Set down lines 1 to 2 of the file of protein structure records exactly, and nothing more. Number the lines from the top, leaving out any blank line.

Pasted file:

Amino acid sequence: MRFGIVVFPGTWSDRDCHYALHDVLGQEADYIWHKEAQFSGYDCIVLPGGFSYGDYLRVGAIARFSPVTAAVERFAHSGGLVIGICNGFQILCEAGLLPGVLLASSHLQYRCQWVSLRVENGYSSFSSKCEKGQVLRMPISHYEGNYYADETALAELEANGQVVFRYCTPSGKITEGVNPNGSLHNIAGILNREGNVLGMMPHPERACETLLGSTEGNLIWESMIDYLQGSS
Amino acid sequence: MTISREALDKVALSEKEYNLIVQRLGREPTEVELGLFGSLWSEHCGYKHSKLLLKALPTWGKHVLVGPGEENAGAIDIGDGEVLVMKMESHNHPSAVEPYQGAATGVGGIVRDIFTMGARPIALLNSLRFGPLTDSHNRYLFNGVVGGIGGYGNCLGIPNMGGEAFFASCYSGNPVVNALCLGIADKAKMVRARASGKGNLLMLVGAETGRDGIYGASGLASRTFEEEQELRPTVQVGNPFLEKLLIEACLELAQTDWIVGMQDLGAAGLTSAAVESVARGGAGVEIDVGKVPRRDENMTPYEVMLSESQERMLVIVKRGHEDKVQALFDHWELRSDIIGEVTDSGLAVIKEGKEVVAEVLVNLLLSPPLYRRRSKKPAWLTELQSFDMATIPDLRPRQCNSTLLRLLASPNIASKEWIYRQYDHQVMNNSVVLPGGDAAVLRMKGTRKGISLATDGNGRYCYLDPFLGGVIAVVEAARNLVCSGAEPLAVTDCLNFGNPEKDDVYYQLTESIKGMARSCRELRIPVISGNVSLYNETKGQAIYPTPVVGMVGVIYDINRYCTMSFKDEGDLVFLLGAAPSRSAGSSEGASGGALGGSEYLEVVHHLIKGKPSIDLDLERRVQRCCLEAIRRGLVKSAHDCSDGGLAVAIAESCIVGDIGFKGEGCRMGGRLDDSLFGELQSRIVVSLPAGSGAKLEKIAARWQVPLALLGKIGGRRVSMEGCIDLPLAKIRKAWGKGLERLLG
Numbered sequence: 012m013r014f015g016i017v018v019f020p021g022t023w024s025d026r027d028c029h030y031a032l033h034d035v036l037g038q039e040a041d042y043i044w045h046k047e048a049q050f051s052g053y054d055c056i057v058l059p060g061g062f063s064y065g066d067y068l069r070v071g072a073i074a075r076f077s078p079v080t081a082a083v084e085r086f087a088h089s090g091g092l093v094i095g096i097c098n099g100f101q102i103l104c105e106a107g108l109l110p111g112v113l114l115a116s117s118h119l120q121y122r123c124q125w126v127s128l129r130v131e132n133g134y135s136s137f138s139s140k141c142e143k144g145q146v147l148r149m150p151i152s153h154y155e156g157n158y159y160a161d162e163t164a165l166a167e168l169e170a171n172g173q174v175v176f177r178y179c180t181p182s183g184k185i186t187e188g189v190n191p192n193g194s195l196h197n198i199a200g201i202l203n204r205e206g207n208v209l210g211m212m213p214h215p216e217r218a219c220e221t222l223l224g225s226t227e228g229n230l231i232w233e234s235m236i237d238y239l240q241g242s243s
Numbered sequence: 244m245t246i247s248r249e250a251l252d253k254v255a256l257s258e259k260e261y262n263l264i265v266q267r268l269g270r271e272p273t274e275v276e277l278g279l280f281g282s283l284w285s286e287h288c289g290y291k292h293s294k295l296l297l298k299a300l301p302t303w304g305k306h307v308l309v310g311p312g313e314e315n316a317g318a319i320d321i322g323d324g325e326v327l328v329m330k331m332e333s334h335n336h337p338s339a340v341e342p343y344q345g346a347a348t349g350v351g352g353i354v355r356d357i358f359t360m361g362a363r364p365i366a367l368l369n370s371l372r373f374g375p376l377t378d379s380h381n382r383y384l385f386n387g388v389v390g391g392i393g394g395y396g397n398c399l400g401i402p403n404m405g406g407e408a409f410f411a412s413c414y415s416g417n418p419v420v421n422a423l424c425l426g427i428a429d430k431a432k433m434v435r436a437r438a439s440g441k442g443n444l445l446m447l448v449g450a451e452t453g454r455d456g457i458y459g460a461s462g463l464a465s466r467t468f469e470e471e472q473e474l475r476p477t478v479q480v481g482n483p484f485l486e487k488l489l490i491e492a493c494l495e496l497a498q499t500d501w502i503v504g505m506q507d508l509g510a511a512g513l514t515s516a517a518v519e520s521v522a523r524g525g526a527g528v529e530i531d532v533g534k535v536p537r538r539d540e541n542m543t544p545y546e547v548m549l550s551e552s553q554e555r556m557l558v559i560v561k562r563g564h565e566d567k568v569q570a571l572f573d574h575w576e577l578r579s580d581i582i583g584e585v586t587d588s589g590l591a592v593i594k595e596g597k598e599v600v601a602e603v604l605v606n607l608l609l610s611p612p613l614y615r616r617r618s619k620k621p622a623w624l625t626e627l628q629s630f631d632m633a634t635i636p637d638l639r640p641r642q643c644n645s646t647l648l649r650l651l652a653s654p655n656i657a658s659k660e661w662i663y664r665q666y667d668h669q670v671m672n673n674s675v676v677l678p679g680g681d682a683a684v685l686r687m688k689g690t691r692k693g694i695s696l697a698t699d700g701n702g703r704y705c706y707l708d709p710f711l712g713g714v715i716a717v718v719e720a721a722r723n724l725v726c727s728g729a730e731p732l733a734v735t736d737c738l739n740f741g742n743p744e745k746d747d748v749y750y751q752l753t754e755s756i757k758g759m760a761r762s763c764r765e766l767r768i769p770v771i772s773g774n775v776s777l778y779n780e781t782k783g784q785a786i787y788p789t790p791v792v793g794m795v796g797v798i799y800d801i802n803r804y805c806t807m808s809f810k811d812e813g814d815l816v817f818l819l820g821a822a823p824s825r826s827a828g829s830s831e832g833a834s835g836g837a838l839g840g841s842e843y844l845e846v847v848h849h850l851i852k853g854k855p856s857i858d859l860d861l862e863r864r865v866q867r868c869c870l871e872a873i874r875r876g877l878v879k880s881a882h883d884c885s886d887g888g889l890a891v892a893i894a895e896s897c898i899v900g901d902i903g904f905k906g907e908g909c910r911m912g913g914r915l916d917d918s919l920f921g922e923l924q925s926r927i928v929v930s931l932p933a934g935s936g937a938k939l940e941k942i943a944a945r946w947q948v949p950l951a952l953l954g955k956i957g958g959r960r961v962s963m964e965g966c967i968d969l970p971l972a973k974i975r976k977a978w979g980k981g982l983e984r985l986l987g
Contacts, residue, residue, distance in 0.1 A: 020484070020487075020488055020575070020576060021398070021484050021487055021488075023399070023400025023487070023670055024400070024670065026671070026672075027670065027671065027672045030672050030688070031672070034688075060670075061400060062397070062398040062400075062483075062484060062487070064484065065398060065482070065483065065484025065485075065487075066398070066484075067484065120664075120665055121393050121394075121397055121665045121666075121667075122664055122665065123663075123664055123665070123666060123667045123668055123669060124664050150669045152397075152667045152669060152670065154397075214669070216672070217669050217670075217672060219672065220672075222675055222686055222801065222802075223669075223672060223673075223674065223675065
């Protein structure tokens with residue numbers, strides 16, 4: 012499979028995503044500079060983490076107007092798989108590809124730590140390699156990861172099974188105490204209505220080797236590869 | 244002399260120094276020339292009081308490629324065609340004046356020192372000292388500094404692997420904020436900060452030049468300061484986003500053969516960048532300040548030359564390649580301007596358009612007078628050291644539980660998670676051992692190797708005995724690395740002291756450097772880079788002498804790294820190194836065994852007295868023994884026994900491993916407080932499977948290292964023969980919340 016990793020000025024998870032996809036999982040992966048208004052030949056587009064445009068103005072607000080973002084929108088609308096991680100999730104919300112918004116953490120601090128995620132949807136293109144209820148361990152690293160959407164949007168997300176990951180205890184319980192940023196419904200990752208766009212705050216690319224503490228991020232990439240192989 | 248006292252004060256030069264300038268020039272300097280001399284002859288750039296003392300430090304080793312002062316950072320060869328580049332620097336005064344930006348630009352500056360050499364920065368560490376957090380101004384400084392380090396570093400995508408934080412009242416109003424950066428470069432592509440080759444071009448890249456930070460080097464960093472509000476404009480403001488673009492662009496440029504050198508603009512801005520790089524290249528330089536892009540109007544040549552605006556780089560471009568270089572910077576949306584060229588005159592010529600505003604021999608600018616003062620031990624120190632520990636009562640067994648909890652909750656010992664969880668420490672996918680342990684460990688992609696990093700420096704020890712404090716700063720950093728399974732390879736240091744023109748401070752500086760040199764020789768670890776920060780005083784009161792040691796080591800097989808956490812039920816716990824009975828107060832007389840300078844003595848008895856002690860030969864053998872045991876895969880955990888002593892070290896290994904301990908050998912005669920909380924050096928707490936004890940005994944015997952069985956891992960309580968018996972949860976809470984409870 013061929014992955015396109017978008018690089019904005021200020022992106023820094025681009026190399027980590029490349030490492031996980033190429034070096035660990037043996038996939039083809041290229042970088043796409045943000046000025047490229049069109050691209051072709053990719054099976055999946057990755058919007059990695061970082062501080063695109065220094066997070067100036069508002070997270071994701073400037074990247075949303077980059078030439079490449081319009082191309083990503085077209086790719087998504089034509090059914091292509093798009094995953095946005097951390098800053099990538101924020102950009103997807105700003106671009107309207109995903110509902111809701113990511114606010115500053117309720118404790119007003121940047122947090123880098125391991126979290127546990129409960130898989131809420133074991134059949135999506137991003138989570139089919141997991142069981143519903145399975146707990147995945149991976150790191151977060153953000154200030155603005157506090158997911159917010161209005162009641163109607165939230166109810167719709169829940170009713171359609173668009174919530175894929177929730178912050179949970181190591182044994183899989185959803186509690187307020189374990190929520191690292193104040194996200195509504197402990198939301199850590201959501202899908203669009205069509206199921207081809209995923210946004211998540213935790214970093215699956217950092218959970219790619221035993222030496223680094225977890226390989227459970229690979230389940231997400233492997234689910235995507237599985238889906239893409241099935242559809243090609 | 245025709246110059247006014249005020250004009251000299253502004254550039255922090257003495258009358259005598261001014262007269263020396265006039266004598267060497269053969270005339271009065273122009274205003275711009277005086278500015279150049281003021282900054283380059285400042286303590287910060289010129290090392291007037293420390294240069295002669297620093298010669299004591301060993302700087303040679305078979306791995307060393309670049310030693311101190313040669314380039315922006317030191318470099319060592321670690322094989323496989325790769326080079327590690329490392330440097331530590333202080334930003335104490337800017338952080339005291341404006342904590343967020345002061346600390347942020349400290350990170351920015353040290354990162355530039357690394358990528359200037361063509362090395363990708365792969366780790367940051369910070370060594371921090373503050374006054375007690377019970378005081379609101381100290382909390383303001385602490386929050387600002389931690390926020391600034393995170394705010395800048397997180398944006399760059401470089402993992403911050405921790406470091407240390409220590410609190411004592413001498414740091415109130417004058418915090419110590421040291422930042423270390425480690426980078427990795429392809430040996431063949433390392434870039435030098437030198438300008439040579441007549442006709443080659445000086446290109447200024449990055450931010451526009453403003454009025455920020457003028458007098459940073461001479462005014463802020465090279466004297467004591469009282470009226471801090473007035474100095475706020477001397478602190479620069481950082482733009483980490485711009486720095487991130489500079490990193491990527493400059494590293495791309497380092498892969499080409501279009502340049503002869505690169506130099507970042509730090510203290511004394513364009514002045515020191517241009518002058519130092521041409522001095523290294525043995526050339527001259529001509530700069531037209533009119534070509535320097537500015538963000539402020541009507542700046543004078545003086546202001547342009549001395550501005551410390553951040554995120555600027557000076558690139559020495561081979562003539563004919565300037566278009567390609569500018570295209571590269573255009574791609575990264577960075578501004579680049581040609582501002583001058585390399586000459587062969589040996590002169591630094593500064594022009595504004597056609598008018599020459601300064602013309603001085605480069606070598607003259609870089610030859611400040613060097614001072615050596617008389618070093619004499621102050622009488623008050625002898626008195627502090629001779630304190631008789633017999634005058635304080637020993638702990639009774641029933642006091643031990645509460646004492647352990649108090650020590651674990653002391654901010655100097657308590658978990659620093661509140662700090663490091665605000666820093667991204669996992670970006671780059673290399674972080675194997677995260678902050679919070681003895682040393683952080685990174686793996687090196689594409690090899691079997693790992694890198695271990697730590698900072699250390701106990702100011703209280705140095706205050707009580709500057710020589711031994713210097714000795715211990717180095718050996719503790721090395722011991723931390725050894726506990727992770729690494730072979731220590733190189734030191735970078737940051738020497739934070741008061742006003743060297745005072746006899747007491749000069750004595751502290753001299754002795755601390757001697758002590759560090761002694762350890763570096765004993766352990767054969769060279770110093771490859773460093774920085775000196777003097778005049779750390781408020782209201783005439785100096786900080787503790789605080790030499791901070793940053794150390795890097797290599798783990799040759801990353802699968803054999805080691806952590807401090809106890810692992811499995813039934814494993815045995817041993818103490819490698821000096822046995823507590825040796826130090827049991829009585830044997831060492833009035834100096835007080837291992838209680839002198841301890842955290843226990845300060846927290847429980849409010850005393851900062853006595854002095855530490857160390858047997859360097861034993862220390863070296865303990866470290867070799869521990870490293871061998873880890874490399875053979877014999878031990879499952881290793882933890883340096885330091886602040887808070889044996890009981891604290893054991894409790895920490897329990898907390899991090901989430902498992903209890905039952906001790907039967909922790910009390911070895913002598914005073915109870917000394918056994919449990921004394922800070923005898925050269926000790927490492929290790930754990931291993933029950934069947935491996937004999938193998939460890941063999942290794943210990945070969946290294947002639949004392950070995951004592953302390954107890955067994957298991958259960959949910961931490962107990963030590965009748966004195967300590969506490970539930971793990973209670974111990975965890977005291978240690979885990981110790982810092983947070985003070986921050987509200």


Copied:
Amino acid sequence: MRFGIVVFPGTWSDRDCHYALHDVLGQEADYIWHKEAQFSGYDCIVLPGGFSYGDYLRVGAIARFSPVTAAVERFAHSGGLVIGICNGFQILCEAGLLPGVLLASSHLQYRCQWVSLRVENGYSSFSSKCEKGQVLRMPISHYEGNYYADETALAELEANGQVVFRYCTPSGKITEGVNPNGSLHNIAGILNREGNVLGMMPHPERACETLLGSTEGNLIWESMIDYLQGSS
Amino acid sequence: MTISREALDKVALSEKEYNLIVQRLGREPTEVELGLFGSLWSEHCGYKHSKLLLKALPTWGKHVLVGPGEENAGAIDIGDGEVLVMKMESHNHPSAVEPYQGAATGVGGIVRDIFTMGARPIALLNSLRFGPLTDSHNRYLFNGVVGGIGGYGNCLGIPNMGGEAFFASCYSGNPVVNALCLGIADKAKMVRARASGKGNLLMLVGAETGRDGIYGASGLASRTFEEEQELRPTVQVGNPFLEKLLIEACLELAQTDWIVGMQDLGAAGLTSAAVESVARGGAGVEIDVGKVPRRDENMTPYEVMLSESQERMLVIVKRGHEDKVQALFDHWELRSDIIGEVTDSGLAVIKEGKEVVAEVLVNLLLSPPLYRRRSKKPAWLTELQSFDMATIPDLRPRQCNSTLLRLLASPNIASKEWIYRQYDHQVMNNSVVLPGGDAAVLRMKGTRKGISLATDGNGRYCYLDPFLGGVIAVVEAARNLVCSGAEPLAVTDCLNFGNPEKDDVYYQLTESIKGMARSCRELRIPVISGNVSLYNETKGQAIYPTPVVGMVGVIYDINRYCTMSFKDEGDLVFLLGAAPSRSAGSSEGASGGALGGSEYLEVVHHLIKGKPSIDLDLERRVQRCCLEAIRRGLVKSAHDCSDGGLAVAIAESCIVGDIGFKGEGCRMGGRLDDSLFGELQSRIVVSLPAGSGAKLEKIAARWQVPLALLGKIGGRRVSMEGCIDLPLAKIRKAWGKGLERLLG